What The Cloud Means For Buying a Business


For many who have a business for sale or want to buy, the decision is by no means insignificant. As growing numbers of businesses  move online, social media and e-commerce solutions are gaining importance.

By shifting online, however, many businesses are now having to incorporate more complex information technology (IT) teams and systems to manage and secure their data. How this will affect people buying or selling a business is largely reliant on the type of data stored and how valuable it could be.

It's important you store customers' information securely.
It's important you store customers' information securely.
 

The cost of data

According to their annual Cost of Data Breach study, IBM estimates the average total cost of a data breach to be around $4 million in 2016. The study further states that each lost or stolen record containing sensitive and confidential information increased from $154 to $158.

So how can someone buying a business ensure that the data they will be helping secure remains that way? Primarily, there are two crucial elements to consider:

  • How are you storing your customers' details?
  • What would you do in the event of a data breach?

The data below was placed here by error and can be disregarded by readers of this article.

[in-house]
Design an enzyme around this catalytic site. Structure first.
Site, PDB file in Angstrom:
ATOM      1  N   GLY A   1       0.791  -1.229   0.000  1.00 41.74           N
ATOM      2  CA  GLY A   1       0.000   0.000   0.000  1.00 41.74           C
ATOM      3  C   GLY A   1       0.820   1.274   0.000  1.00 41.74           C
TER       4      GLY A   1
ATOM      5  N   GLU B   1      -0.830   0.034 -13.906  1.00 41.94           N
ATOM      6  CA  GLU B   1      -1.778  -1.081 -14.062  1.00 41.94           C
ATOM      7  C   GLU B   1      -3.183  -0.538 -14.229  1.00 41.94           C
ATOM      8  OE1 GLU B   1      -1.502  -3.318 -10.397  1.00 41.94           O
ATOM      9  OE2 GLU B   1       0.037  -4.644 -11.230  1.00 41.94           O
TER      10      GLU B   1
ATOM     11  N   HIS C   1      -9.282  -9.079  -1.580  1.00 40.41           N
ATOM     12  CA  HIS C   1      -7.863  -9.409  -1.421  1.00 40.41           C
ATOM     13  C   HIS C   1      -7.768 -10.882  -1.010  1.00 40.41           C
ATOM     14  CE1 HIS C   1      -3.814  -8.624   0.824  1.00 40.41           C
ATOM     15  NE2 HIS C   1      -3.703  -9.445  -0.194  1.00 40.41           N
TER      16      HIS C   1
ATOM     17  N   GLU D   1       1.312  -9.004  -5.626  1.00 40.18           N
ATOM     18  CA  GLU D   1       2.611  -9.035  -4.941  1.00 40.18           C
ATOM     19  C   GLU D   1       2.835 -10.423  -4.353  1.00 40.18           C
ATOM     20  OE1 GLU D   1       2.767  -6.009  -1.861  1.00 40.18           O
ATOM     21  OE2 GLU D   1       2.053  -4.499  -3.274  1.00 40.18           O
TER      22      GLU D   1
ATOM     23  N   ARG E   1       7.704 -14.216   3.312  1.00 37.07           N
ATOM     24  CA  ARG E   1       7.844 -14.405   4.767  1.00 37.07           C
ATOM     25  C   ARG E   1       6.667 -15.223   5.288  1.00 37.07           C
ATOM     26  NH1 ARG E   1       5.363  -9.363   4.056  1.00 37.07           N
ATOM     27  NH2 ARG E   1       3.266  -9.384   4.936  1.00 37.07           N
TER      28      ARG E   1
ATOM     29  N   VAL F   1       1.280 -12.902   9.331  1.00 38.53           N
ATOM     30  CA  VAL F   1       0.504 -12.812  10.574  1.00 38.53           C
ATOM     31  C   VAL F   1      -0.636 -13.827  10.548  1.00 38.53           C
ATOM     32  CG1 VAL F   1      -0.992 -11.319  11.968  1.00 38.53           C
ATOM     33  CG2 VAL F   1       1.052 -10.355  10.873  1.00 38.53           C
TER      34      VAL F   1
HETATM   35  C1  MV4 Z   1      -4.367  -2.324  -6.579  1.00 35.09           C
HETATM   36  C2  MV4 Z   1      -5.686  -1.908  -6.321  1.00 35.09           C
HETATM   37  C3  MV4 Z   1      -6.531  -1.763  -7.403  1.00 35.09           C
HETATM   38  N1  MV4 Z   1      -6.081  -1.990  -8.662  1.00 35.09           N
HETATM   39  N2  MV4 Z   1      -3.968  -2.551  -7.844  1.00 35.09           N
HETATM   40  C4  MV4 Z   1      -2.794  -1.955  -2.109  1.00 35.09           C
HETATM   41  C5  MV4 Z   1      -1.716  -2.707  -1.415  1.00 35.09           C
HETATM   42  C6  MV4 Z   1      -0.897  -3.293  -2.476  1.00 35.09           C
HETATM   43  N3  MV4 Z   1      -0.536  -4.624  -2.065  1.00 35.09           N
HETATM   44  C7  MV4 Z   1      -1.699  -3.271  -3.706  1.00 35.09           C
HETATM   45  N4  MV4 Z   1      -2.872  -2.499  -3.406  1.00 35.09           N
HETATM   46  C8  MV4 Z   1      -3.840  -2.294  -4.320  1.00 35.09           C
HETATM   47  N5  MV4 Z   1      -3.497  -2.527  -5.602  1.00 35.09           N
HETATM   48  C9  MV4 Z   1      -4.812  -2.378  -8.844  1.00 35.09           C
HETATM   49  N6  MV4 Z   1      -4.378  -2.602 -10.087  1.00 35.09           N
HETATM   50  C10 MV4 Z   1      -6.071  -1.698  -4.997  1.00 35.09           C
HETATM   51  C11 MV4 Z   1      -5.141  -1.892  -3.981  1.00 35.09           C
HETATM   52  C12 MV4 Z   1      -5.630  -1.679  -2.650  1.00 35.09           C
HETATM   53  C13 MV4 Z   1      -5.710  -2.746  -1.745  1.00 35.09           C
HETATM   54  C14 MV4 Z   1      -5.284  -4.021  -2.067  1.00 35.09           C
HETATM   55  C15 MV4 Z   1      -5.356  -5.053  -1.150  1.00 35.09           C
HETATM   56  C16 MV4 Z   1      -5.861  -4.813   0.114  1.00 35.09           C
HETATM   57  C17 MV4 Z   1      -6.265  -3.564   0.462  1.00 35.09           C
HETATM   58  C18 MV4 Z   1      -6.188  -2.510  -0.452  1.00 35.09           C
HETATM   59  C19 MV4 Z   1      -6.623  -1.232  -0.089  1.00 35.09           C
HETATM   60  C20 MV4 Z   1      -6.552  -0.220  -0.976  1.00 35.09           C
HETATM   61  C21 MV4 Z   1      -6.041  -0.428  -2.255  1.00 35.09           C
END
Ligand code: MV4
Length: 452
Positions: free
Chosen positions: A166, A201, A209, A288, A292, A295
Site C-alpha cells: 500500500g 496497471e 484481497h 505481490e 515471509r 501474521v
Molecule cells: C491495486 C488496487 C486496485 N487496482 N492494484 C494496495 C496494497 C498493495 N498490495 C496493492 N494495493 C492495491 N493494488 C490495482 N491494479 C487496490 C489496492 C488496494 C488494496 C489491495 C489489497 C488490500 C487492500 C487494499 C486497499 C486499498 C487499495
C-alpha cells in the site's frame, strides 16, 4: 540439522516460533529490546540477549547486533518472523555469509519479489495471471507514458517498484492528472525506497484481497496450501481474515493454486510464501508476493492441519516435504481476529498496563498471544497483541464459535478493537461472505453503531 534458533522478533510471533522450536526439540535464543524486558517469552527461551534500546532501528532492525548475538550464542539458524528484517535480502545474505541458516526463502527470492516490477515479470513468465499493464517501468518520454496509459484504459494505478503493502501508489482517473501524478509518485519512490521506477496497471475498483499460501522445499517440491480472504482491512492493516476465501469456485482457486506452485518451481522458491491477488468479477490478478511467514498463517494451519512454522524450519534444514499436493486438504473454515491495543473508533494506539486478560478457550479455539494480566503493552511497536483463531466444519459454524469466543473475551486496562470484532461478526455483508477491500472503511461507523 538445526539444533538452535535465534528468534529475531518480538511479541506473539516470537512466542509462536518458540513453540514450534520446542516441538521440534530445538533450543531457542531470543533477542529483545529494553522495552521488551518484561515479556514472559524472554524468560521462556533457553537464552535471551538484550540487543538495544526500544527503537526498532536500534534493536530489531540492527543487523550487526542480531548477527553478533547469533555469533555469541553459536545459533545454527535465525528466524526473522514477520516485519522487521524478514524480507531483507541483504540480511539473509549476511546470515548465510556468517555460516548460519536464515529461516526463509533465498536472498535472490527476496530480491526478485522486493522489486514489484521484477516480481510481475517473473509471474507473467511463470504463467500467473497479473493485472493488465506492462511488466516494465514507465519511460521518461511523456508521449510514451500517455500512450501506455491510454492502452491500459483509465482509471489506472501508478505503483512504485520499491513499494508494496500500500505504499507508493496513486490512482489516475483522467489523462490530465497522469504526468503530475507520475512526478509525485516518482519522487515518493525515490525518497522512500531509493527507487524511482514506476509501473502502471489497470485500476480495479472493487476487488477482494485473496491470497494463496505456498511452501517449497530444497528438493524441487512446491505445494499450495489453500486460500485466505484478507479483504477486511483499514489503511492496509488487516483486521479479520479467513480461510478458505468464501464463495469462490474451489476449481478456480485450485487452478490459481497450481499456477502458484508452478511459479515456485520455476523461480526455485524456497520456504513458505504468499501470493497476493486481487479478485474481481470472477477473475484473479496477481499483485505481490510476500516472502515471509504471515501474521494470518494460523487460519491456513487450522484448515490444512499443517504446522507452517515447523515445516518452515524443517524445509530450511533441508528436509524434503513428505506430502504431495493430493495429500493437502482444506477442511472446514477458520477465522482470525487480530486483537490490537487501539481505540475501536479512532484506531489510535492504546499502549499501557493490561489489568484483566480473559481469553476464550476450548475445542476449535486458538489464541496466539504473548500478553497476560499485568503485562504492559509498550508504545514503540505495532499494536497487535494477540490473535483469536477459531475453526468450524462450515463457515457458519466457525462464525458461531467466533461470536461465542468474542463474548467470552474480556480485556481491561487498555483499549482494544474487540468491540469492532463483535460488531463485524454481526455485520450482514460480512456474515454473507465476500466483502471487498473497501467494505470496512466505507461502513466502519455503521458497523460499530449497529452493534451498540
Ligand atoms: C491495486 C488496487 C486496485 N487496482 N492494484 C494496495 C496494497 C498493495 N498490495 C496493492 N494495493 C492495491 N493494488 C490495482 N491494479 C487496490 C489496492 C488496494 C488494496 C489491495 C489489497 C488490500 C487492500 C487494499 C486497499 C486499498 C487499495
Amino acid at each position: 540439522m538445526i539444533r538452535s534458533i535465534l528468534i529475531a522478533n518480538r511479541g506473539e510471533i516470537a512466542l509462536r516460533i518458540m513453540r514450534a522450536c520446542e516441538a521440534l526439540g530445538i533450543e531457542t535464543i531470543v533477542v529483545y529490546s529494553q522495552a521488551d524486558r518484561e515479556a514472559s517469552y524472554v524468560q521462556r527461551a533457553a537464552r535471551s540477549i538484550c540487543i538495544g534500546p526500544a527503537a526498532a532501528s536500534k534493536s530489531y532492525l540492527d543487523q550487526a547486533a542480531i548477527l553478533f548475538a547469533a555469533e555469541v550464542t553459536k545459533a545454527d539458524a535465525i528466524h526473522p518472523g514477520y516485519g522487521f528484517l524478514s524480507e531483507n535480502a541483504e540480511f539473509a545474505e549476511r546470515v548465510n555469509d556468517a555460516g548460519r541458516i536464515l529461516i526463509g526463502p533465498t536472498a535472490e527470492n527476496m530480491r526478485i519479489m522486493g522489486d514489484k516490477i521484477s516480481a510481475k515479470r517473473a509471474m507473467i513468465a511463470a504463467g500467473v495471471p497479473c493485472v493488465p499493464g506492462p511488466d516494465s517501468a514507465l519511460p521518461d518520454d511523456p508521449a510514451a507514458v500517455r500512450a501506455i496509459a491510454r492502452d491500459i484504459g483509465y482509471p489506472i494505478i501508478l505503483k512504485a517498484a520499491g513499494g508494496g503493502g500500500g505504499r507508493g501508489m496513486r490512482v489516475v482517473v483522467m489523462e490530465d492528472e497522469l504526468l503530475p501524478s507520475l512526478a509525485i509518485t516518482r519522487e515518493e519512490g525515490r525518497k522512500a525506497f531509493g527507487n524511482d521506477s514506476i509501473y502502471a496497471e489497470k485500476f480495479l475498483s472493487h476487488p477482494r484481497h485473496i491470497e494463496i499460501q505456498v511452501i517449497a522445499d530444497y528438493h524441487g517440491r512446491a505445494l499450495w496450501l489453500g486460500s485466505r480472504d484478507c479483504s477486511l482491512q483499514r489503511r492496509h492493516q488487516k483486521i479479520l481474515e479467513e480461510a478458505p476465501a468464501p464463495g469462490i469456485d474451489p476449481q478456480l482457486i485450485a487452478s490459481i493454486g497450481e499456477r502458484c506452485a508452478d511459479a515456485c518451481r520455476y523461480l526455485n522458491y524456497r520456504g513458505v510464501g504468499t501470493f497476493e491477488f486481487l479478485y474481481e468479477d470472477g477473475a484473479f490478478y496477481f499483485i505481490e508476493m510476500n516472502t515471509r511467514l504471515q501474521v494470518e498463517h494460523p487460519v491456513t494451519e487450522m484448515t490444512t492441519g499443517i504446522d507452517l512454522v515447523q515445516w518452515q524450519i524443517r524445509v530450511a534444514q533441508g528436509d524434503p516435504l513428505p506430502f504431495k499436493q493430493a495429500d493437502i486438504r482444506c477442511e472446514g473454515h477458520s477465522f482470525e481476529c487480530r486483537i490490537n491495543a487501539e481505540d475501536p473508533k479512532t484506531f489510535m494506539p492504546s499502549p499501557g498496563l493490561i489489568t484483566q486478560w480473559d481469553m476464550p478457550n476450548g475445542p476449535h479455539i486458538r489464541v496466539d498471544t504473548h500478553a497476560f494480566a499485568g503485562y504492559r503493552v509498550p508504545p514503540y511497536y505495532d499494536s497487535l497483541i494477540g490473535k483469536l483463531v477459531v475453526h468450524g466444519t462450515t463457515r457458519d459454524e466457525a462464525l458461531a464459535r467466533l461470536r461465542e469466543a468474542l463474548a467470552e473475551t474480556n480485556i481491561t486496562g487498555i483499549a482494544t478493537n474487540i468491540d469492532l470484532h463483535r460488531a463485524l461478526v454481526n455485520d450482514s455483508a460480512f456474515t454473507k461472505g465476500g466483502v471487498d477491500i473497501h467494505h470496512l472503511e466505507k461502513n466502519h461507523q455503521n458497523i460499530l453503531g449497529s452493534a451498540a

These two essentially go hand in hand, but understanding how information will be stored is the first step in guaranteeing the on-going security of your customers' data.




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How are you storing information?

The term hash, sadly, has nothing to do with hashbrowns. Instead, when we talk about a hash we're discussing a method of encryption that turns a plain text password, such as 'Password1234' into a jumbled amount of letters, such as '$1$O3JMY.Tw$AdLnLjQ/5jXF9.MTp3gHv/'. 

Understanding how information will be stored is the first step in on-going data security.

When sensitive information is stored with a company, such as user login details, bank account information or purchase history, the best method for a business to ensure security is to convert the data into a hash string.

So how does this all work? Well, a business that uses a hash string never actually stores the data, it simply matches an input hash with the stored hash key. In the example above, 'Password1234' will always return the exact same hash key, and if it matches with the form stored at the business, it will grant the user access.

Is this really that important for a business?

The short answer is: absolutely. Many individuals don't choose strong or secure passwords, meaning your method of encrypting this data is more crucial than anything. With the correct data storage method, even when selling a business, you can ensure the safety of your customers and data now, and in the future.



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